___ refers to an automated phone call used to contact thousands of voters simultaneously
___ refers to campaign staffers who arrive at major event sites
___ is all the ways people get information about politics and the wider world.
What percentage of eighteen- to twenty-nine-year-olds use the Internet as their major news source?
What remains the top source of news for most Americans?
In the 1830s, ______ became the first mass media.
What is the textbook’s definition of mass media?
Information and entertainment for broad popular audiences including newspaper, radio, and television.
In the 1830s, what was the most widely read newspaper in the world?
New York herald
Which war was known as the first media war?
How many newspapers did most major towns and cities have by the mid-twentieth century?
Between 2000 and 2010, American newspapers slashed what percentage of their staffs?
During the 1930s, who delivered a weekly radio address known as the “Fireside Chat”?
What is the main demographic for talk radio?
Middle-aged, white, male, and conservative
What percentage of the American public calls radio its main news source?
Which president gave the first live press conference in February 1961?
John f. Kennedy
Which two networks monopolized the television news business during the 1960s and 1970s?
CBS and NBC
In what year did Rupert Murdoch launch Fox News?
The corporate setting helps blur the line between news, politics, and entertainment, a phenomenon now described as
What news source are people LEAST likely to utilize to obtain campaign coverage?
How long has it been since three networks and the local newspaper, basically, provided all of the news?
Which of the following is NOT considered “new media”?
“Clicktivism” suggests that the Internet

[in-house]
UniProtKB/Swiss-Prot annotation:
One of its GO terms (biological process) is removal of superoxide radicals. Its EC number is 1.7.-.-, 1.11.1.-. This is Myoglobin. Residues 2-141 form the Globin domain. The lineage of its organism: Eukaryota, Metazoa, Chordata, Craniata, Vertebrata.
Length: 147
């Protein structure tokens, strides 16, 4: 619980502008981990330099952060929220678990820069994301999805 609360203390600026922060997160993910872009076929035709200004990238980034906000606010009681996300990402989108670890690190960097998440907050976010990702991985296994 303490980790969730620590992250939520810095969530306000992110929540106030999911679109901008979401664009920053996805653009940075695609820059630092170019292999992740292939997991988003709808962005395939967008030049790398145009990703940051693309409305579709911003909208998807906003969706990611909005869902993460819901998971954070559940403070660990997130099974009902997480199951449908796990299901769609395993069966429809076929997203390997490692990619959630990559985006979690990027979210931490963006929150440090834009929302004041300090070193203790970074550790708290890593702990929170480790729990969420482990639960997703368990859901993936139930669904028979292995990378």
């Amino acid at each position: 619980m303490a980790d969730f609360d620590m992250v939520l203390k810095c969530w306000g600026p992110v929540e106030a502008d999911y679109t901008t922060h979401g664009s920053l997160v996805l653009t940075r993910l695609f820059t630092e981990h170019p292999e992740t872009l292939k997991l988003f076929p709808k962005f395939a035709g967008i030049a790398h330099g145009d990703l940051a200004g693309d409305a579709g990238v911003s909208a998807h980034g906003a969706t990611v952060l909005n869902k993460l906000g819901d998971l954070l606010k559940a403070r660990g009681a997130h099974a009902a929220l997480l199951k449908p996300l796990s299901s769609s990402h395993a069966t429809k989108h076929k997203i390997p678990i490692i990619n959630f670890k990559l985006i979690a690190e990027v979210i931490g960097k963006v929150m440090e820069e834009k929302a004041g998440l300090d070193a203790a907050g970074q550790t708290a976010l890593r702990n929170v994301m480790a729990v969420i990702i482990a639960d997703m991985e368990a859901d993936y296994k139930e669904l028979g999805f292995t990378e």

Democracy enhanced through the click of a mouse
One of the ways the Internet could enhance democracy is by
Make it fast, easy for candidates to communicate, and easy to access
Who refined the technique of using the Internet to reach out to potential supporters and created a political movement in 2008
What was the top-visited news website in 2010?
One of the reasons the Internet may hamper quality democracy is that it
It might not enhance democracy
“New media” sources
Internet and social media
Which of the following is NOT one of the most obvious forms of media bias, as reported in the textbook?
Reporters are democrats
Which group is most likely to claim the media is biased?
The fact that more reporters claim to be liberal or moderate than conservative
The profit motive causes news outlets
To become bias
More conservative communities usually get
What classic “rule of thumb” guides local TV news?
If it bleeds, it leads
At the beginning of an election campaign, the media tends to focus on
Candidate’s message and every candidate
At the end of an election campaign, the media tends to focus on
Usually focus on the candidate that is wining
After a year of news reporting, what percentage of Americans could identify President Bill Clinton’s alleged lover?
What government agency was created in the FDR administration to referee the airwaves?
Federal Communication Administration
What did the Fairness Doctrine attempt to accomplish?
To show each side of politics evenly
What did the Telecommunications Act of 1996 accomplish?
Opened the door to far more competition by permitting companies to compete in multiple media markets
To what extent has the US Supreme Court upheld the First Amendment protection of a free press?
Has been strict about forbidding government interference with the press
People generally consume media that reinforces their existing beliefs, it takes powerful messages. What is that called?
One of the most direct ways the media affects politics is via its __________ role.
crucial in framing issues
Which of the following is the most subtle manner in which the media affects politics?
__define the nature of the problem organize potential solutions wipe out alternative potential solutions and wipe out altern
If people’s have already made up their minds, what effect do news stories usually have on the way people think about politics
Reinforce their beliefs
In media jargon, what is a small clip from a candidate speech referred to as?
Sometimes politicians try to manipulate media sound bites by providing
What is meant by a “horse race” narrative, as it relates to media coverage of elections?
Paying attention only to which candidate is rising or falling in the polls
Which of the following is NOT an emphasis of media attention in election campaign coverage?
good things a candidate does
Election campaigns often attempt to _____________ the media and go directly to the __________.